The Juche Tower is a monument in Pyongyang, North Korea. It was completed in 1982. It is on the eastern bank of the Taedong River, opposite the Kim Il-Sung Square. Its geographic coordinates are 39°1′3.52″N, 125°45′48.05″E. It was made to celebrate the anniversary of Kim Il-Sung's 70th birthday. It is claimed that it was designed by Kim Jong-il.
The 170 meter (560') structure contains 25,550 blocks (365 × 70, one for each day of Kim Il Sung's life, excluding remainder days), dressed in white stone with seventy dividers and capped with a 20 meter high, 45 ton, shining torch allegedly made out of 'special materials'. It is possible to go to the top of the tower. It is said that the tower was built in 35 days and was dressed in 76 days.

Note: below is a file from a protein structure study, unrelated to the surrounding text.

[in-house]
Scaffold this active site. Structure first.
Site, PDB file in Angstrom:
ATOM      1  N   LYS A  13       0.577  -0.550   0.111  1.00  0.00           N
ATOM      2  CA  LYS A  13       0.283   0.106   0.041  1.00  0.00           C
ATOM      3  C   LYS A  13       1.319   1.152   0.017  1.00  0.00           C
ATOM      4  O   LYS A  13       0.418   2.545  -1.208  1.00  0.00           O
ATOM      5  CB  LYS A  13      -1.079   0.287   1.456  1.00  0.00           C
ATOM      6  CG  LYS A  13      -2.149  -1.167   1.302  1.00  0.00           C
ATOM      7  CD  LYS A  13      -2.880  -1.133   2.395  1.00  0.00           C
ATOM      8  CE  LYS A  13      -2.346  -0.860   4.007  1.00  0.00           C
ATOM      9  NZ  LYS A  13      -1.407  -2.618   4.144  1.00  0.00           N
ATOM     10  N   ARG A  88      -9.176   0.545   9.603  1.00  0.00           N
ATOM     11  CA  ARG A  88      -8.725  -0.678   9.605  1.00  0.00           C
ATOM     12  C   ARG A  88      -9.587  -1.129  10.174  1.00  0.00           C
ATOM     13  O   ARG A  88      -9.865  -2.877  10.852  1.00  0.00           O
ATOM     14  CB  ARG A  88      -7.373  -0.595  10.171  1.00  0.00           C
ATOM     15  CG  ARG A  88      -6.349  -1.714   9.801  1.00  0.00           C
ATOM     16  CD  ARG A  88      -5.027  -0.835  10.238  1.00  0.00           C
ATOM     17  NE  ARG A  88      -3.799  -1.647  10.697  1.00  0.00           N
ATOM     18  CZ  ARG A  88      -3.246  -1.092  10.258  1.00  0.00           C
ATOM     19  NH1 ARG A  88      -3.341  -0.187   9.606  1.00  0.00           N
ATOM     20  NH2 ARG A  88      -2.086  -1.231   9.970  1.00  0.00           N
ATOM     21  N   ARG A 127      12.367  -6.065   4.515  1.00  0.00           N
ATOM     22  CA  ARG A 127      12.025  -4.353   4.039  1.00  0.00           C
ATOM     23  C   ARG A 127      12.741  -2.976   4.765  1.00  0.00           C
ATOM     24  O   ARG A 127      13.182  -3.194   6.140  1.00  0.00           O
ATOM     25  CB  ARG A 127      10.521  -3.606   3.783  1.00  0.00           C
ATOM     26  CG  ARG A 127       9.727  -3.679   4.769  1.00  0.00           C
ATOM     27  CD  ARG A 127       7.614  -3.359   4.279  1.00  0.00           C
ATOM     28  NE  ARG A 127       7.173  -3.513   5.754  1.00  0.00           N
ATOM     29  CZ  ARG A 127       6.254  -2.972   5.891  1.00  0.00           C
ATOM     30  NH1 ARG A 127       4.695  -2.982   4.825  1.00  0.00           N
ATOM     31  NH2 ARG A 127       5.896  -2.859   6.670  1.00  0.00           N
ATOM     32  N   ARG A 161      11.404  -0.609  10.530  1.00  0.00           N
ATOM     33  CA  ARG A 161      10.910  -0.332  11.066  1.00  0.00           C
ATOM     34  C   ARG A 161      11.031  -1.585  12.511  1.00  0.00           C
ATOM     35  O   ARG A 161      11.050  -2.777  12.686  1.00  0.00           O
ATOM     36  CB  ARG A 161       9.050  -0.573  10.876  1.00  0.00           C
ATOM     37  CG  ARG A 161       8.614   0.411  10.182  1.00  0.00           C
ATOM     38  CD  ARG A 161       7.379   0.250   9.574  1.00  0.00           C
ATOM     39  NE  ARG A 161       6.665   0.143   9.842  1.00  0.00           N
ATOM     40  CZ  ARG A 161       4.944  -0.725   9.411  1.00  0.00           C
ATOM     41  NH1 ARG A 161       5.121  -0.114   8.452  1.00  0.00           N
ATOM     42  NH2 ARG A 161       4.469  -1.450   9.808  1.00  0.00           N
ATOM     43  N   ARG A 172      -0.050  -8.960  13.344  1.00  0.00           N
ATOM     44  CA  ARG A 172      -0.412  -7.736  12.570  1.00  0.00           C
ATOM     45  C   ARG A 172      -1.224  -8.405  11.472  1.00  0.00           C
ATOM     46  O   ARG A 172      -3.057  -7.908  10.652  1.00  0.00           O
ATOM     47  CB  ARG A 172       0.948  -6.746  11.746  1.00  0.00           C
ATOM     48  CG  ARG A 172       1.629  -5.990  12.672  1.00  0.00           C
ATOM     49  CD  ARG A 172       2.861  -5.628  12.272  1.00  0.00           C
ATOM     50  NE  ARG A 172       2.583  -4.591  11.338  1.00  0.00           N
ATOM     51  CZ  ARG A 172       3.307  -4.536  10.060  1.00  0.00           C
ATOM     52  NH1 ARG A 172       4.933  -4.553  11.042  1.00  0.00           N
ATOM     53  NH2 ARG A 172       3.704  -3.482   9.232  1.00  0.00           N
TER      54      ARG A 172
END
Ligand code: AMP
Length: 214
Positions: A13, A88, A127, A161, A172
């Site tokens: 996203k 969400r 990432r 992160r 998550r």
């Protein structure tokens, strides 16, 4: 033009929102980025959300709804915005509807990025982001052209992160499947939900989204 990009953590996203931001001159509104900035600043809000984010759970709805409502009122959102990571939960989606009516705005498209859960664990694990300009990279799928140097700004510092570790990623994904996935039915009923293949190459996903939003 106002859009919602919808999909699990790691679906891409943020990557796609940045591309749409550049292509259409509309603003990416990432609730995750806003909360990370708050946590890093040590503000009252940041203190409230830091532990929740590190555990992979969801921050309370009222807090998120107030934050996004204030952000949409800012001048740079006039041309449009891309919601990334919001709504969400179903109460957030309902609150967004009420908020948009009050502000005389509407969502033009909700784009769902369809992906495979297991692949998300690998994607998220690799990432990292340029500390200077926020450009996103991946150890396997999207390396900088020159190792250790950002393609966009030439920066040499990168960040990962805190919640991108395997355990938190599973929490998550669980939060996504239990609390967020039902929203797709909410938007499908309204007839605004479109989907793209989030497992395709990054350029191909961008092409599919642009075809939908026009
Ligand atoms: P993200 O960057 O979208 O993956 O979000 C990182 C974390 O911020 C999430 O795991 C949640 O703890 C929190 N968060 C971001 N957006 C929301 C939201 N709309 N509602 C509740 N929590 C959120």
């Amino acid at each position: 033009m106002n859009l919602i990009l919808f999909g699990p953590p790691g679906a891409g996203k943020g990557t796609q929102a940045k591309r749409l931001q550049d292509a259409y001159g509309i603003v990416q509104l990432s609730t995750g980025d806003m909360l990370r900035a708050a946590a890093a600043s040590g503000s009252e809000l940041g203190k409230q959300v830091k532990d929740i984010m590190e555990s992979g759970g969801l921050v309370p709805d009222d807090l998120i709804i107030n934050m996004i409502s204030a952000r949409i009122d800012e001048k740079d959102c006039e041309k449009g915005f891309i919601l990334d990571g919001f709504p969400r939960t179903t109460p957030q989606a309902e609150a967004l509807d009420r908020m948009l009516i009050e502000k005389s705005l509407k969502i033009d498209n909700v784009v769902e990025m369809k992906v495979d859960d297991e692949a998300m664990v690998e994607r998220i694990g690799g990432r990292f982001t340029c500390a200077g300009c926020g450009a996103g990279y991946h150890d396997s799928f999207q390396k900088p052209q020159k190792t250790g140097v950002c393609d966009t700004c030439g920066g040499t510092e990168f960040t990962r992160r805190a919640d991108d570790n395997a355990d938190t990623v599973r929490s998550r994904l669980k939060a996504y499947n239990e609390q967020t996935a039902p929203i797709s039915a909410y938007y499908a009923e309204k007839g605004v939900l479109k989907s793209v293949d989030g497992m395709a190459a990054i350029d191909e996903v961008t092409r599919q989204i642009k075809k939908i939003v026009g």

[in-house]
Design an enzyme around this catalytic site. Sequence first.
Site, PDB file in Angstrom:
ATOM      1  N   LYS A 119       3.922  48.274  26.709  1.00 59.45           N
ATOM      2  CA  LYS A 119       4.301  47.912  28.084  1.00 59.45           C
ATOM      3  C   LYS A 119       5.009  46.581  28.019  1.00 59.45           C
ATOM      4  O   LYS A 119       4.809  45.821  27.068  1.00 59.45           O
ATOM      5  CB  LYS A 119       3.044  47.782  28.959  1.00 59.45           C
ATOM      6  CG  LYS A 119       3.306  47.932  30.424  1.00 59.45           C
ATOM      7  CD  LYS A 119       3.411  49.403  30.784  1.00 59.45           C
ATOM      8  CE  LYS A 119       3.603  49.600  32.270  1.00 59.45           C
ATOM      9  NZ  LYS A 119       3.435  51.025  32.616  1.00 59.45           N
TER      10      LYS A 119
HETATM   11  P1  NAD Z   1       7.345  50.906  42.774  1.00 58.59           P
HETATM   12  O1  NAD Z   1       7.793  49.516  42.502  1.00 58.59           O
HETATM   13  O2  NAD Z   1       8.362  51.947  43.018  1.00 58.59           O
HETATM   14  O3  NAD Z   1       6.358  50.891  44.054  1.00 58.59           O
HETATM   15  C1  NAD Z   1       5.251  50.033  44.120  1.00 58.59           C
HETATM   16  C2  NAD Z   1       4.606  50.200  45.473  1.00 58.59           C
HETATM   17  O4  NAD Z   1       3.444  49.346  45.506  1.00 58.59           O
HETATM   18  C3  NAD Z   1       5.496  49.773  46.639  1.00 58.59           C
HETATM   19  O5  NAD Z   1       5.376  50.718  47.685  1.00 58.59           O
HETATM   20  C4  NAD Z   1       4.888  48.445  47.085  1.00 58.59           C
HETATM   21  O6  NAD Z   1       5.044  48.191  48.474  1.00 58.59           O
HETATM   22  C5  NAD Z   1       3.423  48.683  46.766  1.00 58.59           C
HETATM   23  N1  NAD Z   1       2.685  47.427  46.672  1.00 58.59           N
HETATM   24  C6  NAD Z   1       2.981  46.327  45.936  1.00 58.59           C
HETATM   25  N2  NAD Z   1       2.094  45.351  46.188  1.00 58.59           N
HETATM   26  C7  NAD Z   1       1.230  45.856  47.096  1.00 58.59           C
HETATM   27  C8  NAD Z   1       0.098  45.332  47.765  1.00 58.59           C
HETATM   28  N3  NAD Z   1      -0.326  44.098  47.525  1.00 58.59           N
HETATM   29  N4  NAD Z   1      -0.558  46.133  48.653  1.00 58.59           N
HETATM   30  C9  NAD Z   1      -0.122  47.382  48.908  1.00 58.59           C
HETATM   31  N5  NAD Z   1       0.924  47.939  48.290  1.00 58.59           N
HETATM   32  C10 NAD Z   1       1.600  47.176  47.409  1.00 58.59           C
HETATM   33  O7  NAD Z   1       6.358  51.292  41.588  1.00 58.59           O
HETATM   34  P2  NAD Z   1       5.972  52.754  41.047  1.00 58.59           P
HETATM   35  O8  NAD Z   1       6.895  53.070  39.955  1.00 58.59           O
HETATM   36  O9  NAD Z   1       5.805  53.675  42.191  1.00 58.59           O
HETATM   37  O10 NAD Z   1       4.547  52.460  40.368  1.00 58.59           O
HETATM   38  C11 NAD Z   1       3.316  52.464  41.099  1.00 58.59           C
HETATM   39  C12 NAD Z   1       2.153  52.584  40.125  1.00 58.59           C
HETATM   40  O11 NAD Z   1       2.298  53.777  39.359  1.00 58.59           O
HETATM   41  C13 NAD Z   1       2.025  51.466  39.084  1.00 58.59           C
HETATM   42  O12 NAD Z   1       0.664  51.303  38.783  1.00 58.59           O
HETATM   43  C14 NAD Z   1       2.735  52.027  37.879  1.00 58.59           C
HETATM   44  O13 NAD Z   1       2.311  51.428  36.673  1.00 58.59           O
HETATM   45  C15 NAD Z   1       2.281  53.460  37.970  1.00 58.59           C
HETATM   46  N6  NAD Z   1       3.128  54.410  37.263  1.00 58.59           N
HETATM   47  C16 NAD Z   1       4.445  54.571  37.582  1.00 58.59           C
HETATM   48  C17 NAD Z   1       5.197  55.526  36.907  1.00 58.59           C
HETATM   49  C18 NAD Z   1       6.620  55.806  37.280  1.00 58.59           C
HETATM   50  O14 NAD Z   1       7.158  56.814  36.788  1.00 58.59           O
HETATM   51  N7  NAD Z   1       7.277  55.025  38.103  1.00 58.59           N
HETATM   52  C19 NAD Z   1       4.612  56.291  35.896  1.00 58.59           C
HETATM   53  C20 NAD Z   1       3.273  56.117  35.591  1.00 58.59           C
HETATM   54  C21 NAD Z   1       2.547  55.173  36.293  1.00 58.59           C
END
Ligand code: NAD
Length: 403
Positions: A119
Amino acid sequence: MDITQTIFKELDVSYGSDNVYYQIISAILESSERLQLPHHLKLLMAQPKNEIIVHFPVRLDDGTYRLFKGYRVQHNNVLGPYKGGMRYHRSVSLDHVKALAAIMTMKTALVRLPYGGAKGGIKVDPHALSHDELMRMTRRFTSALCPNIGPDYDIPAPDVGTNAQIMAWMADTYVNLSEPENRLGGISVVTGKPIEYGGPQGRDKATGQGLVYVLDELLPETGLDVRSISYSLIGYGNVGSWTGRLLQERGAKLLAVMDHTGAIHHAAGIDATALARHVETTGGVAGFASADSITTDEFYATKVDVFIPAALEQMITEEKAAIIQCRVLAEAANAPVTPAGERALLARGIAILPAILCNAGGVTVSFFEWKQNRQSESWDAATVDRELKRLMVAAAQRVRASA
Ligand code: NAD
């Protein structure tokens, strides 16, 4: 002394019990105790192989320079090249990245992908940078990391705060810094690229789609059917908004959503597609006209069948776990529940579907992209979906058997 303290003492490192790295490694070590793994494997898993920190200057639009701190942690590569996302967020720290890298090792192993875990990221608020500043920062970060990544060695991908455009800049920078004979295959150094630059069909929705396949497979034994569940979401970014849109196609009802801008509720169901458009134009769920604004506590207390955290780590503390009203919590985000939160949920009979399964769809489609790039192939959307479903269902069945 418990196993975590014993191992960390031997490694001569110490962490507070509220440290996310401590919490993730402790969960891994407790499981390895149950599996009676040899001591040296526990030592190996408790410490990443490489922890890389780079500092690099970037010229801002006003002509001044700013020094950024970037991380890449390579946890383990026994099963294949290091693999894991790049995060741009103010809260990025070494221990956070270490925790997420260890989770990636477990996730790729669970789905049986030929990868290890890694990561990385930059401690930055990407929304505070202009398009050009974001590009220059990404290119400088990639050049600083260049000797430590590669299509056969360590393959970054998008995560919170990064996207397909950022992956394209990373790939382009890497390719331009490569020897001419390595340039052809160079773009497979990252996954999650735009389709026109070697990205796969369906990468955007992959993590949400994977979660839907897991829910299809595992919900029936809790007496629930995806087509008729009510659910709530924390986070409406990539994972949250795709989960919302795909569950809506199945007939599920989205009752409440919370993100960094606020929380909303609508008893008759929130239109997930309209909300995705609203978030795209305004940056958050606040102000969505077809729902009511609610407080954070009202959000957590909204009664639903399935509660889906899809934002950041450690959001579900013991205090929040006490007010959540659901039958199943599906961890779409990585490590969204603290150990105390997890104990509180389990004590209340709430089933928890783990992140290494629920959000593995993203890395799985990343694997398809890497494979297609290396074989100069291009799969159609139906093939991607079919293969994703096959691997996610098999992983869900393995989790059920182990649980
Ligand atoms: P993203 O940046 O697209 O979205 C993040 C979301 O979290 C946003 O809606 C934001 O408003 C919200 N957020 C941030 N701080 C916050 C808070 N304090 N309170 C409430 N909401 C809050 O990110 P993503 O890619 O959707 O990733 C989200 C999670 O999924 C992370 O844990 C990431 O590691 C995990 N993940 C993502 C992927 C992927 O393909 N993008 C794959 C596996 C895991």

In front of the tower is a 30 meter high statue consisting of three figures — one with a hammer, one with a sickle and one with a writing brush (an idealised worker, a peasant and a "working intellectual"). Also close to the tower is a wall of 82 friendship plaques, apparently from foreign supporters. Around the tower there are also pavilions and water features. It is claimed that the tower has become a popular place for North Koreans.
The tower is named after the principle of Juche, developed by Kim Il-Sung. The name of the tower is sometimes translated as the Tower of the Juche Idea or Juche Ideology Tower.